10 Japanese Travel Tips for Visiting America

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iStock

With the help of Google Translate (and an ability to interpret completely random sentence structure), an American can find out what kind of advice the Japanese give to their own countrymen on how to handle the peculiarities of American culture. Here are some things to look out for if you are visiting America from Japan.

1. There is a thing called “Dinner Plates.” And what goes on them is a mighty disappointment.

In Japan, each person eating gets as many individual dishes as needed for the meal. Sometimes more than 10 dishes per person are used. In America, there is a method where a large bowl or dish is placed in the middle of the table, and you take as much as you like from there, and put it on a big dish said to be a "dinner plate."

In Japan, meals at home are for eating, because your stomach is vacant. At an American’s dinner, there is food, decorations on the table and tableware, and music to produce a fun atmosphere. It is a time for maintaining rich human relationships. Therefore, the meal is as long as 40 minutes. In addition, often the decorative tableware has been handed down mother to daughter, two generations, three generations. In addition, there are even more valuable dishes used for Christmas and Thanksgiving.

American food is flat to the taste, indifferent in the subtle difference of taste. There is no such thing there as a little “secret ingredient.” Sugar, salt, pepper, oils, and routine spices are used for family meals. There is no such thing as purely U.S. cuisine, except the hamburger, which isn’t made at home so much. There is almost nothing special to eat based on the different seasons of the year. Basically, they like sweet, high fat, high calories things.

2. Beware Rough Areas Where the Clothes Demand Attention

In Japan, hip hop clothes are considered stylish. But in the United States, it is wise to avoid them, as you might be mistaken for a member of a street gang.

The entire United States does not have good security, unfortunately. However, the difference between a place with good regional security and a “rough area” is clear. People walk less, there is a lot of graffiti, windows and doors are strictly fitted with bars. And young people are dressed in hip hop clothes that say "I want you to pay attention to me!"

3. But You’ll be Pleasantly Surprised by American Traffic Patterns.

Manners with cars in America are really damn good. Japanese people should be embarrassed when they look at how good car manners are in America. You must wait whenever you cross an intersection for the traffic light. People don’t get pushy to go first. Except for some people, everyone keeps exactly to the speed limit. America is a car society, but their damn good manners are not limited to cars.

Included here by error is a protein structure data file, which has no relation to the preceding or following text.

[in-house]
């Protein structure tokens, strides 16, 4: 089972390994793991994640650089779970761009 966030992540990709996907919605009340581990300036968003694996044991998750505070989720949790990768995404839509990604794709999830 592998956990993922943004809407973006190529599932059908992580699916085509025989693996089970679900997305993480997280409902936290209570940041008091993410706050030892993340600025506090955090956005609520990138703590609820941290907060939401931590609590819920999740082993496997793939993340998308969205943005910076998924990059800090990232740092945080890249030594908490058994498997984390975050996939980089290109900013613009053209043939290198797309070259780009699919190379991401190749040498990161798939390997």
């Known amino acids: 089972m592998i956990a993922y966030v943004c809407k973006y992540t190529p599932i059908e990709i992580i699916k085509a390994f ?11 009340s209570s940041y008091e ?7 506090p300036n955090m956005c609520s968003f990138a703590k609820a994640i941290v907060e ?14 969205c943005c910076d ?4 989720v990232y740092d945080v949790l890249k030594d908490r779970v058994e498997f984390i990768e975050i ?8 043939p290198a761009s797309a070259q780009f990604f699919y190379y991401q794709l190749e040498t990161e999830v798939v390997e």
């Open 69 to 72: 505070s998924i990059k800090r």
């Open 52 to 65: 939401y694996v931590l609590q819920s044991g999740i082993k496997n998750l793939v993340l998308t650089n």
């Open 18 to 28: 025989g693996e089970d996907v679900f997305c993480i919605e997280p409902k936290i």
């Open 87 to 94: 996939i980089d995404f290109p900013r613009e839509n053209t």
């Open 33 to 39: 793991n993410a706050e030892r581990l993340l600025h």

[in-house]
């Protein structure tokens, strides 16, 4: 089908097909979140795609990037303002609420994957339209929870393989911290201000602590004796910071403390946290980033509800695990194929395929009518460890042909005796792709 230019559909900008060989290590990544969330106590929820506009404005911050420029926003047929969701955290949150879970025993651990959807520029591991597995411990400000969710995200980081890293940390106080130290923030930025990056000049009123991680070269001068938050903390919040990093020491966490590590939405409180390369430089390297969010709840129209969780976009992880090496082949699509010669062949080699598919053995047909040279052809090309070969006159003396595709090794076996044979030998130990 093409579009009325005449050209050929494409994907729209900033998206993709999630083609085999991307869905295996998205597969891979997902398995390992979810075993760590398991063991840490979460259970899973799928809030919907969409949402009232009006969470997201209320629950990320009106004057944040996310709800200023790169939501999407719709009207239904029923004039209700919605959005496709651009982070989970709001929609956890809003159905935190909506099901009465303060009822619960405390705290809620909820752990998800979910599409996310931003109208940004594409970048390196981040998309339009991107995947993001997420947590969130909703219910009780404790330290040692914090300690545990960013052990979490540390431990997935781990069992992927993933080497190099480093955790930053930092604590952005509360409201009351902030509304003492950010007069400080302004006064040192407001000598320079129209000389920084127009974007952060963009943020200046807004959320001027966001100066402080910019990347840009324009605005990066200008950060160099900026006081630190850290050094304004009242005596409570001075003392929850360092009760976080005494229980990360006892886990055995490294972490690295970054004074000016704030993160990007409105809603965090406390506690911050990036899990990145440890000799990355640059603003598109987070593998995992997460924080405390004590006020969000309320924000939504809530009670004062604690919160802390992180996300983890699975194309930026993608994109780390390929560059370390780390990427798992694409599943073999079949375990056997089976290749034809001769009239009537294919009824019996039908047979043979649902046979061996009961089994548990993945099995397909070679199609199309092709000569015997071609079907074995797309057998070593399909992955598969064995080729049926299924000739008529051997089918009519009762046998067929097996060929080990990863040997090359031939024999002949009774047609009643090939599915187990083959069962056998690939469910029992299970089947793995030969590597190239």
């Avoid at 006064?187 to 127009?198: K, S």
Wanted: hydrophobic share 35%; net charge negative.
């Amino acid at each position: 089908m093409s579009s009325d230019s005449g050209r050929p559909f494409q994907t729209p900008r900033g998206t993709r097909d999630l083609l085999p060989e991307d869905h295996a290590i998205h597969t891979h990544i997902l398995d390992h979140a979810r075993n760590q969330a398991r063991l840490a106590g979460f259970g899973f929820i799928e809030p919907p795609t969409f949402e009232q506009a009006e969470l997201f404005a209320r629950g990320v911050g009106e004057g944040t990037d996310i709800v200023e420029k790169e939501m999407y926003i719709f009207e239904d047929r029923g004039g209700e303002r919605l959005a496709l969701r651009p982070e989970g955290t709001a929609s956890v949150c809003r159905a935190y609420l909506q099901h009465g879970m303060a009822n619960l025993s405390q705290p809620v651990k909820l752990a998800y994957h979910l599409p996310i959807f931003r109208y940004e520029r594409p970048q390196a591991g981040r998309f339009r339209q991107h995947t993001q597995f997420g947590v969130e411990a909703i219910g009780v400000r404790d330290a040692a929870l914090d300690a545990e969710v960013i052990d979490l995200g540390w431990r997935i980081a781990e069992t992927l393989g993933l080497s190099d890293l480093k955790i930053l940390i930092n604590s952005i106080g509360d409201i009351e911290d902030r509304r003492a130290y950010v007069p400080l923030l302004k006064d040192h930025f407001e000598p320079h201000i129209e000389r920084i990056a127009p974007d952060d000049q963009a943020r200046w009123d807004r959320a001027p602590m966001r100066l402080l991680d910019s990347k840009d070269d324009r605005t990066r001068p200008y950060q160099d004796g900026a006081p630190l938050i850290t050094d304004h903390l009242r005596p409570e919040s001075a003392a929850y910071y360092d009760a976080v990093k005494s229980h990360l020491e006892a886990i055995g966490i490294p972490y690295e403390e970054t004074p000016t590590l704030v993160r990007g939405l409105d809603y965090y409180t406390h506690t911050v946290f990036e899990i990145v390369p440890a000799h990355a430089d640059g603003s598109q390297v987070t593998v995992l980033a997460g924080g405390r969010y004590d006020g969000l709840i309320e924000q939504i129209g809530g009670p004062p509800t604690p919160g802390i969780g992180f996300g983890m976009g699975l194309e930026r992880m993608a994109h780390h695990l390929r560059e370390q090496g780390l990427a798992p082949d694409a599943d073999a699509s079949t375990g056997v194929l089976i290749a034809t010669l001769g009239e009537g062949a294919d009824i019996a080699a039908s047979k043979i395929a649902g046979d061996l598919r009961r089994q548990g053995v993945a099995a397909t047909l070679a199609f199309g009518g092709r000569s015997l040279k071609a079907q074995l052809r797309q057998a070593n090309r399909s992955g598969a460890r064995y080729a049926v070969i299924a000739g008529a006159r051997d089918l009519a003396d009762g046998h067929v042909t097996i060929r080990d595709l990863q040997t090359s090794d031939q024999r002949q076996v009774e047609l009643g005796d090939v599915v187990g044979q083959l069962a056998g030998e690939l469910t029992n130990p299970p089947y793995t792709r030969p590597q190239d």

4. Nobody is impressed by how much you can drink. In fact, shame on you.

In the U.S., they do not have a sense of superiority if they are able to drink a large amount. Rather, if you drink a lot, there is a sense that you cannot manage yourself. There is something close to contempt toward someone who must drink a lot to be drunk. To drink alcohol habitually is to have alcoholism. Alcoholics are weak people mentally, to be one means you have spanned the label of social outcasts that can’t self-manage.

Non-smokers are more important than smokers in the US. Smokers capture the concept that they are not able to control themselves, and are the owners of weak character.

5. They Have Free Time All Week Long!

In America, whether you are a student, working person, or housewife, you carefully make room for leisure time, weekdays and weekends. Most people are ensured free time, always. During the week they use it for walking, jogging, bicycling, tennis, racquetball, bowling, watching movies, reading, and volunteering. On the weekend, they enjoy even more freedom, and take liberal arts courses and have sporting leisures.

In Japan we believe that there is no free time during the weekday. Only the weekend. We spend the weekend watching TV, hanging around home, working, studying, and shopping, or listening to music.

See Also: 4 Russian Travel Tips for Visiting America

6. Knowing how to use sarcasm is a must to communicate with an American.

If you put your bent middle and index fingers of both hands in the air, you are making finger quotation marks. It means you do not believe what you are saying. You can also say, "or so called."

7. They tend to horse laugh, even the women. It’s how they show they’re honest.

In Japan, when a woman laughs, she places her hand so it does not show her mouth. It is disgraceful to laugh by loudly opening the mouth. Adult males do not laugh much. There is the saying, "Man, do not laugh so much that you show your teeth."

In America, when men or women laugh, they do not turn away. They face front, open the mouth, and laugh in a loud voice. This is because in America if you muffle your laugh or turn away while laughing, you give the impression that you are talking about a secret or name-calling. It is nasty.

See Also: 11 French Travel Tips for Visiting America

8. You won’t be getting your groceries anytime soon, so checkout lines are a great place to make friends.